Three years ago this fall, Secretary Vilsack and I launched the Know Your Farmer, Know Your Food initiative (KYF2). Since then, we’ve seen interest and participation in local and regional food systems grow beyond anything we expected: whether I’m meeting with buffalo ranchers from the Great Plains or with members of the U.S. Conference of Mayors, I hear about efforts to connect producers and consumers locally and interest in how USDA can help.
In meetings of the White House Rural Council, which has representatives from across the federal government, regional food systems have been a key part of discussions. Read more »
Nearing the end of cranberry harvest in New Jersey, one week prior to Hurricane Sandy.
As our nation’s farm families gather this Thanksgiving to count their many blessings and reflect on this year’s harvest, USDA’s National Agricultural Statistics Service (NASS) urges producers to ensure their farm or ranch is also counted in the 2012 Census of Agriculture. The Census is a crucial tool that provides farmers with a voice in the future of their community and operation. Read more »
The Beltsville Small White turkey, developed by USDA scientists in the 1930s, met the American homemaker’s needs and secured turkey’s starring role on holiday tables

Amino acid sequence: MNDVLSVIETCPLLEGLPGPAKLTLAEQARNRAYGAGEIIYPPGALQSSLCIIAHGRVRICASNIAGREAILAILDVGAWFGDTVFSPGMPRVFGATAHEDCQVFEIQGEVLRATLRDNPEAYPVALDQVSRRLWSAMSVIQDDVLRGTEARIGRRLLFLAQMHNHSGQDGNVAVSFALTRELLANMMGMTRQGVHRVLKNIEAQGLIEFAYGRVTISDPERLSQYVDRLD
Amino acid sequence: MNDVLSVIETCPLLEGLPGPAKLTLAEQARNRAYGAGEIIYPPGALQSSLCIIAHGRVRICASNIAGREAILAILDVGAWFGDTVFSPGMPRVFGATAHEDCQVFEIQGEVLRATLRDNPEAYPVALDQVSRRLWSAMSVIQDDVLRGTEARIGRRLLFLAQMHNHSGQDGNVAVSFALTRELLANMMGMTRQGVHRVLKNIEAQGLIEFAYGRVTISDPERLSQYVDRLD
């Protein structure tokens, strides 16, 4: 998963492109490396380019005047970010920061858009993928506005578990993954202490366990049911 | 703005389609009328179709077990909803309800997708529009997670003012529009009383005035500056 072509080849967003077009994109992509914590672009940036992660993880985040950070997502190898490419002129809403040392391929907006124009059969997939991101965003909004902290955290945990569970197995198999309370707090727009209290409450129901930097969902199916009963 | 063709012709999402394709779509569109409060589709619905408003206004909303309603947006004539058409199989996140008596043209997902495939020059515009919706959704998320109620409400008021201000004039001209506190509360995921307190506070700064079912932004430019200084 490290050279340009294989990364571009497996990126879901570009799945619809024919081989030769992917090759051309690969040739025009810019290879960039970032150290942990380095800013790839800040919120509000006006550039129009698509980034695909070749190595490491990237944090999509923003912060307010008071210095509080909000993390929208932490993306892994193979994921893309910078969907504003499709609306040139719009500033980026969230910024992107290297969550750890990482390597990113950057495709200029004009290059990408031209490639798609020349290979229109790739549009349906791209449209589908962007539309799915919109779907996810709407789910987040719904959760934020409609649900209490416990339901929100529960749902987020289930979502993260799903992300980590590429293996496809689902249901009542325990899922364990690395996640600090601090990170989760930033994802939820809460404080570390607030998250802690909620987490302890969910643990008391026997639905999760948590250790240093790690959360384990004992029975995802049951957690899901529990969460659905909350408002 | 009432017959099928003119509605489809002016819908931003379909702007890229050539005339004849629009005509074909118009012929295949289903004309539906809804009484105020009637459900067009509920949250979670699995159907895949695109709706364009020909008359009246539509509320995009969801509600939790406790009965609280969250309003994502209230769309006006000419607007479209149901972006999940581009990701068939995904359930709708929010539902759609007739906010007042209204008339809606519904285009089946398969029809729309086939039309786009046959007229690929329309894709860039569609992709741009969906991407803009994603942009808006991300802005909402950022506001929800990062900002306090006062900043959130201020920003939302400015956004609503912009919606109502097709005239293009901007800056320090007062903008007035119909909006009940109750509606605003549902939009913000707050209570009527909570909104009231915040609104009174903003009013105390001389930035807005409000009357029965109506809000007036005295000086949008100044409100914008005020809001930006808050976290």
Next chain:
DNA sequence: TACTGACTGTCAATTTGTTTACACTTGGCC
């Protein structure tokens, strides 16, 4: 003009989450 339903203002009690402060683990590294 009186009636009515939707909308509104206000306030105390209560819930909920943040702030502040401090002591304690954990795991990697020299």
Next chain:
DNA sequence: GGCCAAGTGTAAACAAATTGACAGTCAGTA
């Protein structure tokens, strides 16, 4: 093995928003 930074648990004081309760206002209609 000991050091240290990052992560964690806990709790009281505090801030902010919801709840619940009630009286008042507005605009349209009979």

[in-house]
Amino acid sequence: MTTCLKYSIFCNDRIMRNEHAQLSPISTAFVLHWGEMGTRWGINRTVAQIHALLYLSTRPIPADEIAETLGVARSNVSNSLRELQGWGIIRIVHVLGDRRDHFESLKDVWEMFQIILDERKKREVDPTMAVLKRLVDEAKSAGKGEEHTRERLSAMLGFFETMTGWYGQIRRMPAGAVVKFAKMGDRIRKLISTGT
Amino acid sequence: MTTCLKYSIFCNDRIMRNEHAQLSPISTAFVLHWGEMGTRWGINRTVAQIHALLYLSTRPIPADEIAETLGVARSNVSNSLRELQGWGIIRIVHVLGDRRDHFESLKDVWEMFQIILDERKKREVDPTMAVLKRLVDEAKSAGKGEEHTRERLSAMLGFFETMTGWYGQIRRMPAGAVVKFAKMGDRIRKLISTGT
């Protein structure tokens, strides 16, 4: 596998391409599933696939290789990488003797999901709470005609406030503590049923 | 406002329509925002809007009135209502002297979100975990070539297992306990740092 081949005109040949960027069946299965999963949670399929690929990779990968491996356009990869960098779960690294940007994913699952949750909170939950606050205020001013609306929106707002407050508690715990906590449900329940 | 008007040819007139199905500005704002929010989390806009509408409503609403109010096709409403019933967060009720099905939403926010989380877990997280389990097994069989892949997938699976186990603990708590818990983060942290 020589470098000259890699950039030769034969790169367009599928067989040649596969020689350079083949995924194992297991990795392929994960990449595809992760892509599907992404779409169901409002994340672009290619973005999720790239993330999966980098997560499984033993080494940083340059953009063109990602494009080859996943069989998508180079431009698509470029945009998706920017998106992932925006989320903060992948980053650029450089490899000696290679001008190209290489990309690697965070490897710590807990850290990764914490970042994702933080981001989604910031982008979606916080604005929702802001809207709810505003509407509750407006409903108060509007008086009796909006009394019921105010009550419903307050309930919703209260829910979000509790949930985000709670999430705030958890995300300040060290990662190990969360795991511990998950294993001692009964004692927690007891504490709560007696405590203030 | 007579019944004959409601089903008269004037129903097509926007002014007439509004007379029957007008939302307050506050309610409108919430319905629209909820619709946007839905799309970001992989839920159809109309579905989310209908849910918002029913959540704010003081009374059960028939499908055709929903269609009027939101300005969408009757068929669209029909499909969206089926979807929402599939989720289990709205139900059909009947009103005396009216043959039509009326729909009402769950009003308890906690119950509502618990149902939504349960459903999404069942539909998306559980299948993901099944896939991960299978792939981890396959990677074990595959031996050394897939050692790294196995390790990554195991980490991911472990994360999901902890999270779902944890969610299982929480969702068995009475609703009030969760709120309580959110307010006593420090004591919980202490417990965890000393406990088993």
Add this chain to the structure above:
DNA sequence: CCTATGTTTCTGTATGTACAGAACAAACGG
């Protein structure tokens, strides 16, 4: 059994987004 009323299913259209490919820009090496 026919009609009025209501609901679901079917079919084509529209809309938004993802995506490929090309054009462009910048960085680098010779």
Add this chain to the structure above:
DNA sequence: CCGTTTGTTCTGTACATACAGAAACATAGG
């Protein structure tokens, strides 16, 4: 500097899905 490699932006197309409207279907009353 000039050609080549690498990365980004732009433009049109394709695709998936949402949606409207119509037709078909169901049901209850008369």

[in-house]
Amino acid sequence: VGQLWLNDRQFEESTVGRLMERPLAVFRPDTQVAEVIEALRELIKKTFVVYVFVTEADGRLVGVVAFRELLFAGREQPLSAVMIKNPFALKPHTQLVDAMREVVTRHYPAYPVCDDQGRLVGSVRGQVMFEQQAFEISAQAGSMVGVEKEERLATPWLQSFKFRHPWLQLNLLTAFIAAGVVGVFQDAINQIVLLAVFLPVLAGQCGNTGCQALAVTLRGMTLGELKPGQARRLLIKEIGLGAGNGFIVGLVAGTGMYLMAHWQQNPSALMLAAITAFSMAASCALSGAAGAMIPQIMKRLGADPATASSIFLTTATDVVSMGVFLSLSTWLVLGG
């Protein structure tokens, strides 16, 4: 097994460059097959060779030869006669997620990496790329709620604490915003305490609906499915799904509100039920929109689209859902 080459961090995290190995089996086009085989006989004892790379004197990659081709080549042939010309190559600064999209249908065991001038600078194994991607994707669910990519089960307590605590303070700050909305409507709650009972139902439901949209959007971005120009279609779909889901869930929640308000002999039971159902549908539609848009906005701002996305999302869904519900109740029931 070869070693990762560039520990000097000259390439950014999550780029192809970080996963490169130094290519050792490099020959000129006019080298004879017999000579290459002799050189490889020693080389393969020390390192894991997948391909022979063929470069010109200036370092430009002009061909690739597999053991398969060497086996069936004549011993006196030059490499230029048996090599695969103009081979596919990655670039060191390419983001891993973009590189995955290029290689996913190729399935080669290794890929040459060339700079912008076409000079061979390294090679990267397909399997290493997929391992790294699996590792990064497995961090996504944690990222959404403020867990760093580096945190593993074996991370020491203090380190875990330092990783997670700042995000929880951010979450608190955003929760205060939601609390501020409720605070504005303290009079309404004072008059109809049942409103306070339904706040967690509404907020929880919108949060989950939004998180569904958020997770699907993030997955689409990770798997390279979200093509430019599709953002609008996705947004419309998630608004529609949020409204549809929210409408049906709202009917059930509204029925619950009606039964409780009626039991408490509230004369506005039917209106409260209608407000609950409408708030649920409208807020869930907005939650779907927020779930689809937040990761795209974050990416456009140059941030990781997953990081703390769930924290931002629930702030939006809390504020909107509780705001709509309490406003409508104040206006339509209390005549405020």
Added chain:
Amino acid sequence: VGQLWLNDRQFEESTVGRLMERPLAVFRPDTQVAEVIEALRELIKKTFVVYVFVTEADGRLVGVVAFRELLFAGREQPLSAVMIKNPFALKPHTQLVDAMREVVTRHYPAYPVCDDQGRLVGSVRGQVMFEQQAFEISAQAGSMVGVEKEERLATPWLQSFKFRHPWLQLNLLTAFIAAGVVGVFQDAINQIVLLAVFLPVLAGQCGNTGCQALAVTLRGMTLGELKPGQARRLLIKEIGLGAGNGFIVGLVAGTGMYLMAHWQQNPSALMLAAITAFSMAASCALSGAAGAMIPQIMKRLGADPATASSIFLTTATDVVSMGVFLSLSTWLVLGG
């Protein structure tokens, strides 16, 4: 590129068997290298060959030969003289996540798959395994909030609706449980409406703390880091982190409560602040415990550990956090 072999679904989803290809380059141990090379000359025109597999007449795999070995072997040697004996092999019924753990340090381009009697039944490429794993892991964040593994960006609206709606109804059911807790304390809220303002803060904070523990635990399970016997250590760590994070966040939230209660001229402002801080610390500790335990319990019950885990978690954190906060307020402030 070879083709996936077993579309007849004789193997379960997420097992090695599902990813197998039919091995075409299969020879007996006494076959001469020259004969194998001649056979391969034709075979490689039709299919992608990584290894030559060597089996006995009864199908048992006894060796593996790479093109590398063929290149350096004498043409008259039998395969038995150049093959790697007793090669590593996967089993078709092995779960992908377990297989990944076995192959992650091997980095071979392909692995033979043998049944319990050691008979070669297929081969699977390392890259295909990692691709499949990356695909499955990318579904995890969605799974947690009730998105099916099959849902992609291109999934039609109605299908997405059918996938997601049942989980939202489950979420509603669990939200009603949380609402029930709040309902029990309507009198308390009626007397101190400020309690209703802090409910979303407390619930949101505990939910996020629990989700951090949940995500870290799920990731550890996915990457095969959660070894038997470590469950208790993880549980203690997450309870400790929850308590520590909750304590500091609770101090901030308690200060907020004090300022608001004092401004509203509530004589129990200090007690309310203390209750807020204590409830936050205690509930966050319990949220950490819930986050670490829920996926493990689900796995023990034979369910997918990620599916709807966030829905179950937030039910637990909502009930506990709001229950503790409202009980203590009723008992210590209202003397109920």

This post is part of the Science Tuesday feature series on the USDA blog. Check back each week as we showcase stories and news from USDA’s rich science and research portfolio.
When you sit down to your Thanksgiving feast and reflect on the bounty on your table, you might want to say a quiet “thank you” to the agricultural researchers who have made your holiday favorites so plentiful and so good for you, too.
Let’s start with the Thanksgiving star: the turkey. This Native American bird was rapidly slipping in popularity in the 1930s because smaller family size and smaller iceboxes meant there were too many unwieldy leftovers from the big birds. Read more »
Roger Erickson takes pride in the success of his dairy operation and its efforts to ensure good water quality.
The Four Star Dairy is a family affair. Roger Erickson grew up on this Clark County, Wis. farm, which his grandfather started and now he and his family work together to manage the conservation-minded, 14-employee operation, 700 cows, as well as corn, soybean, oat and hay production. Read more »